It’s not unheard of for a family home to have a dozen networked devices. Home networking devices have been around as long as I can remember, as a kid I remember setting up a caching proxy server in order to share a slow dial-up connection. These days it is easier than ever to take advantage of home networking; many devices are ready to go out of the box, or at the very least come with clear and easy instructions for set-up.
Wi-Fi, the unavoidable convenience
If you have high-speed internet, you likely have a wireless router as well. Infact most homes likely only have a Wi-Fi router hooked up to a modem. Easy access to your network from across the room or across your house. Great right? Carefree internet access wherever you might be. For all the convenience you get there are two major downsides: speed and security.
Speed – So let’s take a look at speed. For those who have high-speed internet availability, you might be purchasing a subscription ranging from a few Megabits per second upwards to several Gigabits per second. The more the better? That depends on what you will or even can use.
Most users will go out and grab a wireless router off the shelf or have one provided by their ISP. You could get a faster 802.11ac device but likely you will end up grabbing the cheaper 802.11n device. Seeing something like 450Mbps on the side of the box will make you assume this device will be plenty to cover your use. Unless you live in the countryside as the sole user of your wireless network while sitting in the same room as your wireless router it is very unlikely you will ever experience the advertised speeds.
Why? Because these are advertised as best case scenarios. The bands these devices are in often experience heavy interference, if you live in apartment complex imagine every neighbor with a router, cordless phones, and microwave competing for the band. Wireless signals have a difficult time penetrating through walls. Not only this, but wireless networks are a shared medium, a hub if you will. So, without a proper set-up you might end up letting over 95% of that gigabit connection go to waste.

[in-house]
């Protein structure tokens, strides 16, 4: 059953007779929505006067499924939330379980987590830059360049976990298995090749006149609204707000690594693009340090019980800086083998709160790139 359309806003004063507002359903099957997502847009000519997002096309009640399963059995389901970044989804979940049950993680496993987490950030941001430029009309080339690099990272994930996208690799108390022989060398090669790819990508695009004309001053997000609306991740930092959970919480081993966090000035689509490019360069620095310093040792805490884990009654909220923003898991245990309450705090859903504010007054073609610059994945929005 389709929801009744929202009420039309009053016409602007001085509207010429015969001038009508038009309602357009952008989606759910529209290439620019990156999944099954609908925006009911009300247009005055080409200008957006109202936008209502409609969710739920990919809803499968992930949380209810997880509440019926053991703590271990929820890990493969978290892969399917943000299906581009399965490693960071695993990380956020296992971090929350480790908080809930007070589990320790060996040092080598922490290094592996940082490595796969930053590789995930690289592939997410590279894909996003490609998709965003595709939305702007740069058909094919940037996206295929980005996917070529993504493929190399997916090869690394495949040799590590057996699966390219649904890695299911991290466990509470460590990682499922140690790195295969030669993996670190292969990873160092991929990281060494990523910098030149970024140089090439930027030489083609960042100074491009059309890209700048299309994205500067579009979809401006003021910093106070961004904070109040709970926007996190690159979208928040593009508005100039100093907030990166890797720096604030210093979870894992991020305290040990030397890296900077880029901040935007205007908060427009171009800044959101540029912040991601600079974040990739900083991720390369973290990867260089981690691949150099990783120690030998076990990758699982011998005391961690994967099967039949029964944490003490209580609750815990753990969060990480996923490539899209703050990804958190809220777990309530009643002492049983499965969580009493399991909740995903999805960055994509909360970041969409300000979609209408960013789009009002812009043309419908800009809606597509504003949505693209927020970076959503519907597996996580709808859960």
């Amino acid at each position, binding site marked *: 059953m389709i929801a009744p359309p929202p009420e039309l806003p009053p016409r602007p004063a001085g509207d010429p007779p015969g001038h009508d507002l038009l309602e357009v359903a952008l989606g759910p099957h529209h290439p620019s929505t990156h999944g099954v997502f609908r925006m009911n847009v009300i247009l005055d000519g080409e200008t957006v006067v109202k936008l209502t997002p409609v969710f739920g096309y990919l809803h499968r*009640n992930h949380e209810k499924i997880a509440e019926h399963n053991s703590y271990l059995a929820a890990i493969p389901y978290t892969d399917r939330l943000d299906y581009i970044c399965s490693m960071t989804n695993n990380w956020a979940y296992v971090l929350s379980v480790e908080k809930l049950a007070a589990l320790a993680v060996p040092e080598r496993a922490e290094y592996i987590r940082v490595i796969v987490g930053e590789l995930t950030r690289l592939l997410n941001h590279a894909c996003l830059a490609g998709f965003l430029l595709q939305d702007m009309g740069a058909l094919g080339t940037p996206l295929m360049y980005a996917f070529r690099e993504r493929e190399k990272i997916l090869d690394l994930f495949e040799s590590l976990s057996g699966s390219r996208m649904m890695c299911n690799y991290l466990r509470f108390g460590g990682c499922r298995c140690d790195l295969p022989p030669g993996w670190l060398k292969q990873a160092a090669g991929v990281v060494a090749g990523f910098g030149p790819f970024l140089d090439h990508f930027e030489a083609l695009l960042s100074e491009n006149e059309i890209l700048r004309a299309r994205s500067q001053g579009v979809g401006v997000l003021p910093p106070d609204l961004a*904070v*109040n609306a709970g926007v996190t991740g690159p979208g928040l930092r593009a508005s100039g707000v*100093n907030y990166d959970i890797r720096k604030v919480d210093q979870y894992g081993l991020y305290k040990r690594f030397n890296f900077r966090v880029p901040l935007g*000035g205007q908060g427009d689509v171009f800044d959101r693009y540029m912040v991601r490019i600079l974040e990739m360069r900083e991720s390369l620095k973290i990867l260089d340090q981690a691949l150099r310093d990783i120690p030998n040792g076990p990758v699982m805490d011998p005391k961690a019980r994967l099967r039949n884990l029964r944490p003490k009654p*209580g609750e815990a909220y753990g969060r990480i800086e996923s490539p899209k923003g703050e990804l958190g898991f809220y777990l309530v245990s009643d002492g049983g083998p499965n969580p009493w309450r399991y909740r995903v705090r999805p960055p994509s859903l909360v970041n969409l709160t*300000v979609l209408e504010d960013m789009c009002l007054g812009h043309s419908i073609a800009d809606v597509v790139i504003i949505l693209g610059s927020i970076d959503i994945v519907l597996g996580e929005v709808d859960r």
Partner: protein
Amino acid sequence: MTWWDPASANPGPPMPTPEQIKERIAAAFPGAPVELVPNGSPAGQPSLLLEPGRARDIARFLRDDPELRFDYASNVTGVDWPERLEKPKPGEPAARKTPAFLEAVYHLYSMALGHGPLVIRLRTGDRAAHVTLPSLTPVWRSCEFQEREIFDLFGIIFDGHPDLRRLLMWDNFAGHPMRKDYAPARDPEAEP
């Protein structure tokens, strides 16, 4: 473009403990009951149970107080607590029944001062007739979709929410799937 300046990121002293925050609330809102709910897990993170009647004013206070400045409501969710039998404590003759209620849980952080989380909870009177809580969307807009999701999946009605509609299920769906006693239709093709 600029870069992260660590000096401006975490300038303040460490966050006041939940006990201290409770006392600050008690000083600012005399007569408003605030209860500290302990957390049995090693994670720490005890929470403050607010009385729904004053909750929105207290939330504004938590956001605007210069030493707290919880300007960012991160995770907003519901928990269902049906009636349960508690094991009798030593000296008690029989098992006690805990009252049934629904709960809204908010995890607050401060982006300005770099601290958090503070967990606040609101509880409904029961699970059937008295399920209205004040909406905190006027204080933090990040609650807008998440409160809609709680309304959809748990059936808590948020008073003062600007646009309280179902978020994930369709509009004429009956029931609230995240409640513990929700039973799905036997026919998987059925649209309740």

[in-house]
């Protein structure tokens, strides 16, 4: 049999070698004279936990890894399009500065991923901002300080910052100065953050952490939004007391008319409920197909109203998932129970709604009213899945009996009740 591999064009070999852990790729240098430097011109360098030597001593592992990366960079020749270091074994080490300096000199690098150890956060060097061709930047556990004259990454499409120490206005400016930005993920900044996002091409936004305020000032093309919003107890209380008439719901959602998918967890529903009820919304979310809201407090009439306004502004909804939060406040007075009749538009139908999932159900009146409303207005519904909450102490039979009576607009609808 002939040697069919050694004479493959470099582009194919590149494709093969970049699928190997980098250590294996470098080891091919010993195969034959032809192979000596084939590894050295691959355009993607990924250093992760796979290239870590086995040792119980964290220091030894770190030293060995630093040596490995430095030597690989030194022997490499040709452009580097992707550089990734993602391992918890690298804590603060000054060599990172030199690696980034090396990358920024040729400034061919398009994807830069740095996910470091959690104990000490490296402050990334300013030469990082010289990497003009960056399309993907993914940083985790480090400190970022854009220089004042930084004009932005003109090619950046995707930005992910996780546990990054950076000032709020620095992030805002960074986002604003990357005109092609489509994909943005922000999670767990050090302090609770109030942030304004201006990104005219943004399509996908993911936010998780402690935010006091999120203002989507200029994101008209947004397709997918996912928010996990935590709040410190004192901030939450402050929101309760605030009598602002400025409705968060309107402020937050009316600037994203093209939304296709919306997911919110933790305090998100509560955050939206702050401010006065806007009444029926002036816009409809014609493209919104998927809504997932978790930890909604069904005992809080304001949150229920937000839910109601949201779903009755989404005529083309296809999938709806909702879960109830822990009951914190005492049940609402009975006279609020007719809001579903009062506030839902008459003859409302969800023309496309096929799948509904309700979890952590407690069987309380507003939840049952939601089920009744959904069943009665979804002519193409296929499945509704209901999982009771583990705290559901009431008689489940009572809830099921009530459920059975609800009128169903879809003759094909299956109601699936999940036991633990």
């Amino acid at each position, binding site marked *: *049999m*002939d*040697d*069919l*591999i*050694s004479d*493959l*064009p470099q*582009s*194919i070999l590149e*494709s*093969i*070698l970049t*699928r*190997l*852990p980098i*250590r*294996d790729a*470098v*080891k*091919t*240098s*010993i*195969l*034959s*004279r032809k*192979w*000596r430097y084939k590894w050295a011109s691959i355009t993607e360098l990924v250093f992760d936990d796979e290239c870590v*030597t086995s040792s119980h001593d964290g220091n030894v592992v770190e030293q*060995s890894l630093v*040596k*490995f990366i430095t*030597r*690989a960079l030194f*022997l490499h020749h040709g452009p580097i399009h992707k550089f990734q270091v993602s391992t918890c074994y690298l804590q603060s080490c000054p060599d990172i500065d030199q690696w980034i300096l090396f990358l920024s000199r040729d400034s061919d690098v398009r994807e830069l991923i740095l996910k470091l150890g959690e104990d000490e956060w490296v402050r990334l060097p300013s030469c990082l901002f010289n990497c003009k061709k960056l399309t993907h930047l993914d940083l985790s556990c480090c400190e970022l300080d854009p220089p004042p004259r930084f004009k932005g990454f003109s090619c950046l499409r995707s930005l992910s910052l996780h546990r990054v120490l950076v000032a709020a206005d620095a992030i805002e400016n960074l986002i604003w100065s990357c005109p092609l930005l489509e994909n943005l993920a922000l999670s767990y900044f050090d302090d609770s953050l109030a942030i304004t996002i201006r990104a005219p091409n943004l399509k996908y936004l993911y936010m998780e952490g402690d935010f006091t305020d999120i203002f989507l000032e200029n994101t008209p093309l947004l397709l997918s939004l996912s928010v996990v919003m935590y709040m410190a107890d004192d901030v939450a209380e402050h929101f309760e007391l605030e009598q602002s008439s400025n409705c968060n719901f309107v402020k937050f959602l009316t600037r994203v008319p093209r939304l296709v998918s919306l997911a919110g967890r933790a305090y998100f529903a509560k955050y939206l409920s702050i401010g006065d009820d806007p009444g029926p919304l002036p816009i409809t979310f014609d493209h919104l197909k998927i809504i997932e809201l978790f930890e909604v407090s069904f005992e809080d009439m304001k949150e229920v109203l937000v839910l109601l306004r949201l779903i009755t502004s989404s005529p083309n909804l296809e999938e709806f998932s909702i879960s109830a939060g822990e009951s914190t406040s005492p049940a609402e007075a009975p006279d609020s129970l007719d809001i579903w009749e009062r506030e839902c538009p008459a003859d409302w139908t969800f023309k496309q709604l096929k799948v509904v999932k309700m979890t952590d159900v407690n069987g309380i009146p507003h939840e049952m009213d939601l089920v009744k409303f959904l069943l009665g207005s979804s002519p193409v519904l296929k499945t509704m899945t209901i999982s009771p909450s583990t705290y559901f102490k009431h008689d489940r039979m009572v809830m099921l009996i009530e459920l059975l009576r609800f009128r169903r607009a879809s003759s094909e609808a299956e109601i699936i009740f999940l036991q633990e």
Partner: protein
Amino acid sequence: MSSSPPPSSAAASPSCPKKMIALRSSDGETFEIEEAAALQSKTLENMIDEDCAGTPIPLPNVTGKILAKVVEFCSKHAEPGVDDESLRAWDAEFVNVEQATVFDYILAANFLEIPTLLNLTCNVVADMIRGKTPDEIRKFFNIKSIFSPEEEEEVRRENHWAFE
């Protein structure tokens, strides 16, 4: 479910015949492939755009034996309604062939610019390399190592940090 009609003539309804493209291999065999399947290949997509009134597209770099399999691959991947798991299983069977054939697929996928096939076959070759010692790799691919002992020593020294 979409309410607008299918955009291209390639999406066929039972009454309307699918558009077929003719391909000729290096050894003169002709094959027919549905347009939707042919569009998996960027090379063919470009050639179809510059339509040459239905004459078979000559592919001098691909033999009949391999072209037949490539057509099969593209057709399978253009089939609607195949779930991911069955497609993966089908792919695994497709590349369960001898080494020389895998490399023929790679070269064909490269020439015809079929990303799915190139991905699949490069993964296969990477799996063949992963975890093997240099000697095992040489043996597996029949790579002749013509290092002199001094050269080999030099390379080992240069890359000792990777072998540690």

Either save some money and get yourself a cheaper plan based on your needs, or take advantage of that speed by setting up a wired network with multiple wireless access points.
Security – Speed is one problem, but what about security? All data on a wireless network is by nature broadcast over the air. Anyone who is nearby can potentially capture any and all data being broadcast.
Why is this? Wireless networks segments act as a hub, meaning that all data in the network is broadcast to all devices in the network. It is each connected devices responsibility to accept or deny data based on whether it is meant for that device or not. It comes down to an honor system, it is relatively simple to set a device to accept all data being exchanged through the network.
Are we being a little bit too paranoid? Yes and no. The easier you make it for someone to get into your network and the more visible you make your data, the more likely you are opening yourself up to malicious behavior.
First of all, if you have no password protection, set it up right away. But what security do you want to use, does it matter? Often you’ll be given WEP as your first choice in a drop down menu. WEP might as well be the same as putting up a do not enter sign on your property – it can easily be ignored with little effort. Many downloadable apps can break into WEP protection within seconds. So if WEP is useless, then what? WPA is harder to crack into, but still relatively easy. I recommend WPA2 + AES and disable WPS if it is available (using WPS opens up a security hole), this will give most users the level of security they seek.